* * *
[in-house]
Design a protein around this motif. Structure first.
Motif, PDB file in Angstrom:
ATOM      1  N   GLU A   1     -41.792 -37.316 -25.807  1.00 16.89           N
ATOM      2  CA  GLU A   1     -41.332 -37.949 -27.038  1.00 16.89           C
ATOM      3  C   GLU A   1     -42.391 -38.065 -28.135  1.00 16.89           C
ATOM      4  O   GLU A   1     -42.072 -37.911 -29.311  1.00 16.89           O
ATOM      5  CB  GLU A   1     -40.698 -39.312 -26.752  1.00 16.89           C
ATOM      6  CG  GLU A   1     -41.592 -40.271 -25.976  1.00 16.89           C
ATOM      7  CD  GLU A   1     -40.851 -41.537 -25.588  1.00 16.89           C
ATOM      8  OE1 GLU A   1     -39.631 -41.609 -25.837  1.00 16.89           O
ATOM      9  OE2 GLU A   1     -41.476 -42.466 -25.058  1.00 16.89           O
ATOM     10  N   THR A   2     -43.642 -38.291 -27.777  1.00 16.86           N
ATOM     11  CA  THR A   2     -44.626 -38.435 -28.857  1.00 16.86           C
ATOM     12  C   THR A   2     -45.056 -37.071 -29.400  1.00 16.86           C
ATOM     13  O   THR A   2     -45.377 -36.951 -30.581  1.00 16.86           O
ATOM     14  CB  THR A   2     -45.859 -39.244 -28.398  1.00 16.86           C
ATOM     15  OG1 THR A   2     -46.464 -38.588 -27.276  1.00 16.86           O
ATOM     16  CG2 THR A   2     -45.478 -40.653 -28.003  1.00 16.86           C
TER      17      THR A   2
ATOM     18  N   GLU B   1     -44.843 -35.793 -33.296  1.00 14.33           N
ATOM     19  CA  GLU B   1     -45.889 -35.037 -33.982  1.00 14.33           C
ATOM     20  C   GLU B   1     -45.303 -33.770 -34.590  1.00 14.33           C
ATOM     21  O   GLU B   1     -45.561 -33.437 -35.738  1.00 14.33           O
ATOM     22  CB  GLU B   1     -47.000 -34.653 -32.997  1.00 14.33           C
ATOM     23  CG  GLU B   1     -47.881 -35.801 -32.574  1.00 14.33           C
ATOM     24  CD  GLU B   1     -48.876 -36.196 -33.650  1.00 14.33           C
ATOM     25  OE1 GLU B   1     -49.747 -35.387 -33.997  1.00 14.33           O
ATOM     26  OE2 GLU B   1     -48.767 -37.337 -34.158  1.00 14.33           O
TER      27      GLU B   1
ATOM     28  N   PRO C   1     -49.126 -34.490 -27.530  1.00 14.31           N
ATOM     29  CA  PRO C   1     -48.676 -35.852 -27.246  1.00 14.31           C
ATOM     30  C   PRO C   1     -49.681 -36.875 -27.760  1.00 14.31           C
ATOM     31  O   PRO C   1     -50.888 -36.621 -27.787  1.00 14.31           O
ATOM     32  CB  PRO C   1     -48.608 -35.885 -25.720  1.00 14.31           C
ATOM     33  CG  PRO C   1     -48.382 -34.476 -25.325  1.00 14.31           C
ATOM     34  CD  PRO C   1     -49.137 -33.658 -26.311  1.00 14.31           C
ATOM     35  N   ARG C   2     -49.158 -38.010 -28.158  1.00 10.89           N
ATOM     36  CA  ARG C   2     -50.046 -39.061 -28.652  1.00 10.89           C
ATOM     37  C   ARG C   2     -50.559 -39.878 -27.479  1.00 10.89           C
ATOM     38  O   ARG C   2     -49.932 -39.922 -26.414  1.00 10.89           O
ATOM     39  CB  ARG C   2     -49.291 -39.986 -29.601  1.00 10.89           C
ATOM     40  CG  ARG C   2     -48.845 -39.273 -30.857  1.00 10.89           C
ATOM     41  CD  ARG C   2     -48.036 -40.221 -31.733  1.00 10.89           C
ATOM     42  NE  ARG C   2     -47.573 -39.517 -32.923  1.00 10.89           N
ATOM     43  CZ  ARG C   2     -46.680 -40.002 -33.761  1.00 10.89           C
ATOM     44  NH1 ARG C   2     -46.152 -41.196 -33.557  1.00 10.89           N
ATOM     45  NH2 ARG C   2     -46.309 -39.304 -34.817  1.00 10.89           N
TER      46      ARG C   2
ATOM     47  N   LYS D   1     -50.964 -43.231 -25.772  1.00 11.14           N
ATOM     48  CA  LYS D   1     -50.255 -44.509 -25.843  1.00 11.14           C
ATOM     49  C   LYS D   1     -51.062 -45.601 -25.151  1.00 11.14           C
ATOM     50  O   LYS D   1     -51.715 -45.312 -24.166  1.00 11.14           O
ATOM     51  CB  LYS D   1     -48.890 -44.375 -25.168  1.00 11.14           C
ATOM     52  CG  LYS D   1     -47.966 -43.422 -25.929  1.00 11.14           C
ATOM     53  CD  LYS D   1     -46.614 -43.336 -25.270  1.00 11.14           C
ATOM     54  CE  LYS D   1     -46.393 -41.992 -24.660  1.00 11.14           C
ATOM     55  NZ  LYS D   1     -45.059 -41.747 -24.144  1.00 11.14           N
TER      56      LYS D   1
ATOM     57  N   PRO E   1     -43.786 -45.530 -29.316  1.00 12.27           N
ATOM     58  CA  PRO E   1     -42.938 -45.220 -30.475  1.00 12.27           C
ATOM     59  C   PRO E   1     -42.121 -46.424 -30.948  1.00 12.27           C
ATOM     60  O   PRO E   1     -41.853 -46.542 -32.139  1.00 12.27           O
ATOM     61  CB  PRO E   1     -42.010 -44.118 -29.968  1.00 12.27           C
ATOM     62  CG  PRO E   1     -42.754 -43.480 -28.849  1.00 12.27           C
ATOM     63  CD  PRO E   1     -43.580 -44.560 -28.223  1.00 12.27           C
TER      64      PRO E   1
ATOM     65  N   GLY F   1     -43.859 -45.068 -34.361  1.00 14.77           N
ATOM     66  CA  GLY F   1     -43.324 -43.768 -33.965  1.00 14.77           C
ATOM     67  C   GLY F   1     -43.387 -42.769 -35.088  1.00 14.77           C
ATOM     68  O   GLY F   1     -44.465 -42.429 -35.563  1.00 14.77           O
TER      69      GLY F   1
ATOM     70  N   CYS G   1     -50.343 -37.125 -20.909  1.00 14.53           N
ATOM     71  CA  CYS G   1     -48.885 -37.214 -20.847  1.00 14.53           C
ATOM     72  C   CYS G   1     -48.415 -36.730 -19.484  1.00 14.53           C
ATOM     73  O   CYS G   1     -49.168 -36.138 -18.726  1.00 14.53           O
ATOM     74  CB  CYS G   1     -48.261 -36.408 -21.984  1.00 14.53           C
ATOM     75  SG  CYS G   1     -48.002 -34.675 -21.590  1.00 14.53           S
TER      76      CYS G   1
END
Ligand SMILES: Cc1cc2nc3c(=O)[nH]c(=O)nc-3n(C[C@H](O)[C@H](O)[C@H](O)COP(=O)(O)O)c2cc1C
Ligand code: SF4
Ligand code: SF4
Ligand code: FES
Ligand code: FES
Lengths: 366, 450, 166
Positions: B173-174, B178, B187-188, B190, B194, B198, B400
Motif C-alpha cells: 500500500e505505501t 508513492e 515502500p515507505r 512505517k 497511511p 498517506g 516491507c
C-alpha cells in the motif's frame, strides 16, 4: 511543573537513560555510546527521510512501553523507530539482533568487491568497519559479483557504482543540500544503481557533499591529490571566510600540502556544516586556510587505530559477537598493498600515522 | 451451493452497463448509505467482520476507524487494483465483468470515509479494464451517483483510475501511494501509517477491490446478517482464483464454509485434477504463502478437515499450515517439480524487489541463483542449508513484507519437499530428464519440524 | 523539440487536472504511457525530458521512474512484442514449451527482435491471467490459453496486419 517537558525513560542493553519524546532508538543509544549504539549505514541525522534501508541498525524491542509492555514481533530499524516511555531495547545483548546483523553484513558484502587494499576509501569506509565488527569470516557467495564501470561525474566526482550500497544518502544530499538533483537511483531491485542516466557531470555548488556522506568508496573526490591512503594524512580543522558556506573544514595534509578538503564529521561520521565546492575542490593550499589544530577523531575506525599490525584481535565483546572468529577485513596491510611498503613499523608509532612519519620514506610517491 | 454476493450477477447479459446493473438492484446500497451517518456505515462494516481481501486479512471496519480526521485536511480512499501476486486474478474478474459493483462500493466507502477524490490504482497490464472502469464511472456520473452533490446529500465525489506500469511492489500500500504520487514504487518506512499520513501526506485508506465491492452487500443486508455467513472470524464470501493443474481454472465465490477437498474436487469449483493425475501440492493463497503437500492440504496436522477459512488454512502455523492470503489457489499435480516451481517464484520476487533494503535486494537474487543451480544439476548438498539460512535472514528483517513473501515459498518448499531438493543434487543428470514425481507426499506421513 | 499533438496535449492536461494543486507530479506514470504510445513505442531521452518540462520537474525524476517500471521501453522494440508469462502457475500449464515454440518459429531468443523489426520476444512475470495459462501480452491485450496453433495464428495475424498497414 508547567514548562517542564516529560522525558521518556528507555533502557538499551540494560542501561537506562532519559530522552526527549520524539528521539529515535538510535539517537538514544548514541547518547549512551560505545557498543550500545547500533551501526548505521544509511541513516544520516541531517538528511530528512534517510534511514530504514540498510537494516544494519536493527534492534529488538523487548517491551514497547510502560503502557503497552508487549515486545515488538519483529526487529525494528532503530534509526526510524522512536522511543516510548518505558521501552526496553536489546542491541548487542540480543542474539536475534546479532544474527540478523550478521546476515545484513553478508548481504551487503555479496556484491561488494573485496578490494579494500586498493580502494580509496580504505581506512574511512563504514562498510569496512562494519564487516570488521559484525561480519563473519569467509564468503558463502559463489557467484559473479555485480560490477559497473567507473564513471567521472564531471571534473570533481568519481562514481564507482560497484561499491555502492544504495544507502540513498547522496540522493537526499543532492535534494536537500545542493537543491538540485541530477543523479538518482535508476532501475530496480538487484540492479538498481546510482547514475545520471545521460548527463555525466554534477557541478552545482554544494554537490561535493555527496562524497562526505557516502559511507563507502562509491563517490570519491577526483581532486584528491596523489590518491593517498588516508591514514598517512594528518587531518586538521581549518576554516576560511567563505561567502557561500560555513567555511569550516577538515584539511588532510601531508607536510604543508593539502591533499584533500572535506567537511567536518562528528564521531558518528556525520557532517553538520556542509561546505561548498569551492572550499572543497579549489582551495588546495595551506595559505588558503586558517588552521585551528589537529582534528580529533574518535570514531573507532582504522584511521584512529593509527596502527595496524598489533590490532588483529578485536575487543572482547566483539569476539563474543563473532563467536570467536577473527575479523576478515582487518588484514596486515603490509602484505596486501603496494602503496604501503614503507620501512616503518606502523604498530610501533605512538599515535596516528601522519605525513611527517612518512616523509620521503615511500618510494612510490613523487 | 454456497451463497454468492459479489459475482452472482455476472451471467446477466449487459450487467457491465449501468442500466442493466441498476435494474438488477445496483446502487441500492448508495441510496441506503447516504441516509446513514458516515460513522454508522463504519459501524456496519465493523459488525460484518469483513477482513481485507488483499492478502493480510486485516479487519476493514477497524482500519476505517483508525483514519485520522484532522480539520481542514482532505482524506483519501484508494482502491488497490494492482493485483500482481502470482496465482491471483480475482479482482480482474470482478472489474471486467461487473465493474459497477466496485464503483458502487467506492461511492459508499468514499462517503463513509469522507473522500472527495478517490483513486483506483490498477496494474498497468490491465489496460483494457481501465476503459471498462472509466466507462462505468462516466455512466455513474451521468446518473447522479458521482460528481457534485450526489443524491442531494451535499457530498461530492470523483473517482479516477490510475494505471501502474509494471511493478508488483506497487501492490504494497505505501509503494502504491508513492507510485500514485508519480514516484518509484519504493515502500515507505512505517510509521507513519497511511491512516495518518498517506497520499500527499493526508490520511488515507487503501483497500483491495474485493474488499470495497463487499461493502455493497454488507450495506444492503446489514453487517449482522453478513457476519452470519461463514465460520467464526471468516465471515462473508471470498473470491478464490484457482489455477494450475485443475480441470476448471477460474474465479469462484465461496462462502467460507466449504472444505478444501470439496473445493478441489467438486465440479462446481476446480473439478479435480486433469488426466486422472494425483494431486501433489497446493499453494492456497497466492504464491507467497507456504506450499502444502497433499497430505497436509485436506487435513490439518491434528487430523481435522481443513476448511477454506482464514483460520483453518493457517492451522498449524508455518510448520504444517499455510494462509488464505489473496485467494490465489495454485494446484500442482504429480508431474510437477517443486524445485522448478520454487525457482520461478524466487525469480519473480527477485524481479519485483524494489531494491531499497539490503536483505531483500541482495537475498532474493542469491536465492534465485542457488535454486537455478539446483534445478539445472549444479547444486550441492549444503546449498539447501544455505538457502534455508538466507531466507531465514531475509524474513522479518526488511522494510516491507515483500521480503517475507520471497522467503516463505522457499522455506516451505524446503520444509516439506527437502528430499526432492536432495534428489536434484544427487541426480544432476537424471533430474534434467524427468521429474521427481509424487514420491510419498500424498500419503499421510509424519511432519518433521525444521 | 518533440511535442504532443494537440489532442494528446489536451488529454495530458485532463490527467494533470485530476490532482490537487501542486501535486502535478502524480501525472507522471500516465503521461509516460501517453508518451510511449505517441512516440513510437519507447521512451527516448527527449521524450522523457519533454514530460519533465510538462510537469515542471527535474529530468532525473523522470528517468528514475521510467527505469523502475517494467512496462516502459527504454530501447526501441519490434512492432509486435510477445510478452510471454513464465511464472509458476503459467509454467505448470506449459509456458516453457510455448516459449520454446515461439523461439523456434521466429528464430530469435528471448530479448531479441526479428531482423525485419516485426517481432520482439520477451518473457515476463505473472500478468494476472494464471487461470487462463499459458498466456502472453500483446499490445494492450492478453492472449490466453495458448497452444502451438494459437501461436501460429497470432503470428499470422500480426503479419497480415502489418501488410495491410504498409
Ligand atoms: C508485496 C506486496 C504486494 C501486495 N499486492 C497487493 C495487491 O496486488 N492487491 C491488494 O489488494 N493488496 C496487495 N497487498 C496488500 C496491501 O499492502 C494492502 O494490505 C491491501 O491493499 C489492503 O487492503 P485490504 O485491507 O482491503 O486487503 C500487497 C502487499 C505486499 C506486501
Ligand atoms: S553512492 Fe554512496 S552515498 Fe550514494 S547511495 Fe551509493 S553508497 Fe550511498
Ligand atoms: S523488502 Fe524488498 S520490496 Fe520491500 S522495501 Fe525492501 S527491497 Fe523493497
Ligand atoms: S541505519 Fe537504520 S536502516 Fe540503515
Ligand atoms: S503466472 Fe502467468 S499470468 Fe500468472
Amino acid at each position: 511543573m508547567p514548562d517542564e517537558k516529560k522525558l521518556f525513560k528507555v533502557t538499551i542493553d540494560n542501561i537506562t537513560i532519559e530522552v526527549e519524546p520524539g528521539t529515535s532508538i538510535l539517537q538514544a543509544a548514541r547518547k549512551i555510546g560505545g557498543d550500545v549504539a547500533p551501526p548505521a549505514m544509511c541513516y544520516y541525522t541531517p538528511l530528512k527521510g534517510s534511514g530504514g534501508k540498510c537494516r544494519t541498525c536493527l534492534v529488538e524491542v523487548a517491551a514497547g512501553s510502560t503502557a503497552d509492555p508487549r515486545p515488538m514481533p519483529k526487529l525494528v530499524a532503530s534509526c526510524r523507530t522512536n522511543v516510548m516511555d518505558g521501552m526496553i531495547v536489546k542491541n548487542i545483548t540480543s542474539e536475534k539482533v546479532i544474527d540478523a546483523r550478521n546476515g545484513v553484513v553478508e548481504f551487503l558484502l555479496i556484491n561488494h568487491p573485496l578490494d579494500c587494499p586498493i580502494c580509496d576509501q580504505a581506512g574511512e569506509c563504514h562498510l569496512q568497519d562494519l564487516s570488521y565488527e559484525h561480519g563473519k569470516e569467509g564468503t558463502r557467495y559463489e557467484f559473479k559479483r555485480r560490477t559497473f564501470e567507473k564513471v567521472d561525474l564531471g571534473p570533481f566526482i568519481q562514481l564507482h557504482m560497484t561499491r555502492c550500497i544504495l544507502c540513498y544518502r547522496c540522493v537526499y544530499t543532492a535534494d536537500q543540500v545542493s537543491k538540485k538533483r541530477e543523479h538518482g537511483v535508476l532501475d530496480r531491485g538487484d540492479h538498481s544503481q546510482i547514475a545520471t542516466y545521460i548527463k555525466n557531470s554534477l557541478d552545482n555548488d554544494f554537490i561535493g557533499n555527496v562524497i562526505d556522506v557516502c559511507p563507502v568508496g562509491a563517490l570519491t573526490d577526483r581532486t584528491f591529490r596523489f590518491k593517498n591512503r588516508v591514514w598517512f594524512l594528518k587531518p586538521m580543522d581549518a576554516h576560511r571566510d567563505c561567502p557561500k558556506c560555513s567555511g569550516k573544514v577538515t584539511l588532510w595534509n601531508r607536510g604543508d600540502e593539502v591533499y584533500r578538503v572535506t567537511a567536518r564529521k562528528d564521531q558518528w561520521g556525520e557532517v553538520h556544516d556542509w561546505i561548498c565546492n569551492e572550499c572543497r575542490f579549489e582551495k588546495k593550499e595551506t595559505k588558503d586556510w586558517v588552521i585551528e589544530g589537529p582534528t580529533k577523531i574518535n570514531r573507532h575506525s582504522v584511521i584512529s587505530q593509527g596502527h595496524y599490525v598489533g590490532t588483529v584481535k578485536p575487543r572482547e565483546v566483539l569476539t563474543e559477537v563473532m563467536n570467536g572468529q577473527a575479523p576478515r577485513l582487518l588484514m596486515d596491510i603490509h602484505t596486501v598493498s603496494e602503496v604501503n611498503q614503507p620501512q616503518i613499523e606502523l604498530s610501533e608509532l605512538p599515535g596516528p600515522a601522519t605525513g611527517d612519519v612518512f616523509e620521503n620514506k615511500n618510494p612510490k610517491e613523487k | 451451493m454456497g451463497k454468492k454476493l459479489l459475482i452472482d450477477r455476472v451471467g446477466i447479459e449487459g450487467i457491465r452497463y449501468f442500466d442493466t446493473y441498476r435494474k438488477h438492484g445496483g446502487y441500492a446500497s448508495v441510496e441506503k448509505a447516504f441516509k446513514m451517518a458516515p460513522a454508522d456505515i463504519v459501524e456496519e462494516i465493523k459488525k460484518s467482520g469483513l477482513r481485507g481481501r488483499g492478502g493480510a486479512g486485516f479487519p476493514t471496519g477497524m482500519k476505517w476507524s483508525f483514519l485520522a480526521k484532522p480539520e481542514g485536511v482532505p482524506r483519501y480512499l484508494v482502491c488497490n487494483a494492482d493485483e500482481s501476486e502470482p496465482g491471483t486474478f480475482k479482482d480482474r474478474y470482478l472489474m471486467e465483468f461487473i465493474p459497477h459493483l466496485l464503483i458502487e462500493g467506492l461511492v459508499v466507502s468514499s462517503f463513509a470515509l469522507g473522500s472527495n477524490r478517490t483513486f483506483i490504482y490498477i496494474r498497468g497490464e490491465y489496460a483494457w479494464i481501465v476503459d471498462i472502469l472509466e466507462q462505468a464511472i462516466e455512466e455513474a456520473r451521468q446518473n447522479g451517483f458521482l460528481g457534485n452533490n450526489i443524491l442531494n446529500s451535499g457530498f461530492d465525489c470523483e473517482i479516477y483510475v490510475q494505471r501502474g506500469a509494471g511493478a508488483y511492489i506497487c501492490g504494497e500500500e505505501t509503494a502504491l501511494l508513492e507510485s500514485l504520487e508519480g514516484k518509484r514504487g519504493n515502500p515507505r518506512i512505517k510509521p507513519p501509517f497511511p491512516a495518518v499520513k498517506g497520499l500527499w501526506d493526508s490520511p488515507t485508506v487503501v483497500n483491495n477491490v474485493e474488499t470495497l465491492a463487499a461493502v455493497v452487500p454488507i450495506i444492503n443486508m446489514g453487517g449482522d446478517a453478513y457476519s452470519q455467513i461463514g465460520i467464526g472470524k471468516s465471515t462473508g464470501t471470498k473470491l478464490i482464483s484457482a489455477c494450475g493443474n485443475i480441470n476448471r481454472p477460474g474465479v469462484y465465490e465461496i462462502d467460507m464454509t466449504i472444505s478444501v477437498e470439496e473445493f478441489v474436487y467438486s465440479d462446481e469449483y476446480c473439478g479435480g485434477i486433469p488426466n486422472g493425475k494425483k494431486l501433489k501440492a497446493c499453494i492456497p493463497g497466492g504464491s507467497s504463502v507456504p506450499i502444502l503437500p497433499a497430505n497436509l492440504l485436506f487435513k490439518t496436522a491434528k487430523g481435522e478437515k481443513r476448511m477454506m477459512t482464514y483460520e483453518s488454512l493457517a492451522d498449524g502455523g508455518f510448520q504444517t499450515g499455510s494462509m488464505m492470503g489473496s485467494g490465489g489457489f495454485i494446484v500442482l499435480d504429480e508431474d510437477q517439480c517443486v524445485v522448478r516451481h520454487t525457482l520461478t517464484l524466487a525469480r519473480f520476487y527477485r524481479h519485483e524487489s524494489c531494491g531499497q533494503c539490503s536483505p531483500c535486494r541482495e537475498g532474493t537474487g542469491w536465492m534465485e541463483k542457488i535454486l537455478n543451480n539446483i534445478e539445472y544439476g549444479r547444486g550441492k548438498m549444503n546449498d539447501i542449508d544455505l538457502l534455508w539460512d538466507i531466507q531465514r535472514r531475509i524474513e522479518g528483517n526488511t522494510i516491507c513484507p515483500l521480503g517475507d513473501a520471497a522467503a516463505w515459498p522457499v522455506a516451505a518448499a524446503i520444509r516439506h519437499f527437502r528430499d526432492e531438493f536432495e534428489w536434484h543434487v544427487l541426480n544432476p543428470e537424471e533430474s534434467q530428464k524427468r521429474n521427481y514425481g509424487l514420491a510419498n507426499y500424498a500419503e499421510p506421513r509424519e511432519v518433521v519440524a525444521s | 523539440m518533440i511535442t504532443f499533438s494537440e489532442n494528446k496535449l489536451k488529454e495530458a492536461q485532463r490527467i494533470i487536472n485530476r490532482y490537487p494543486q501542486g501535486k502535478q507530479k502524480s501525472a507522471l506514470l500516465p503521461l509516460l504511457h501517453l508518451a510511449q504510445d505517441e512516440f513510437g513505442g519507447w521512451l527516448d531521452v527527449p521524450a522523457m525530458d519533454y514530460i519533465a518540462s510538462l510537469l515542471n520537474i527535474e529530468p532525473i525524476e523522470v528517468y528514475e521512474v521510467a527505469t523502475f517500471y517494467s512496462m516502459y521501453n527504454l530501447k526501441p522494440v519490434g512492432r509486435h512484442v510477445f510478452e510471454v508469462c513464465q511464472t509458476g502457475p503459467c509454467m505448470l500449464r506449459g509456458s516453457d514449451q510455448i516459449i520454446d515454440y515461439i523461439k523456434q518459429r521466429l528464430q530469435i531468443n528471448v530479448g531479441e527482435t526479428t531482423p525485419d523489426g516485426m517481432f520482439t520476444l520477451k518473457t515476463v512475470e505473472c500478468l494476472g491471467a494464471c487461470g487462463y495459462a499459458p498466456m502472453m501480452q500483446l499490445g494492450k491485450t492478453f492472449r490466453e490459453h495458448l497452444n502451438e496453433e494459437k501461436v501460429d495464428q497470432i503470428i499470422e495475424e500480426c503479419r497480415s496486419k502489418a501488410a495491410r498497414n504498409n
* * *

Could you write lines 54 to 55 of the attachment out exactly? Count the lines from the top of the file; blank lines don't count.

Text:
ATOM     51  CB  LYS D   1     -48.890 -44.375 -25.168  1.00 11.14           C
ATOM     52  CG  LYS D   1     -47.966 -43.422 -25.929  1.00 11.14           C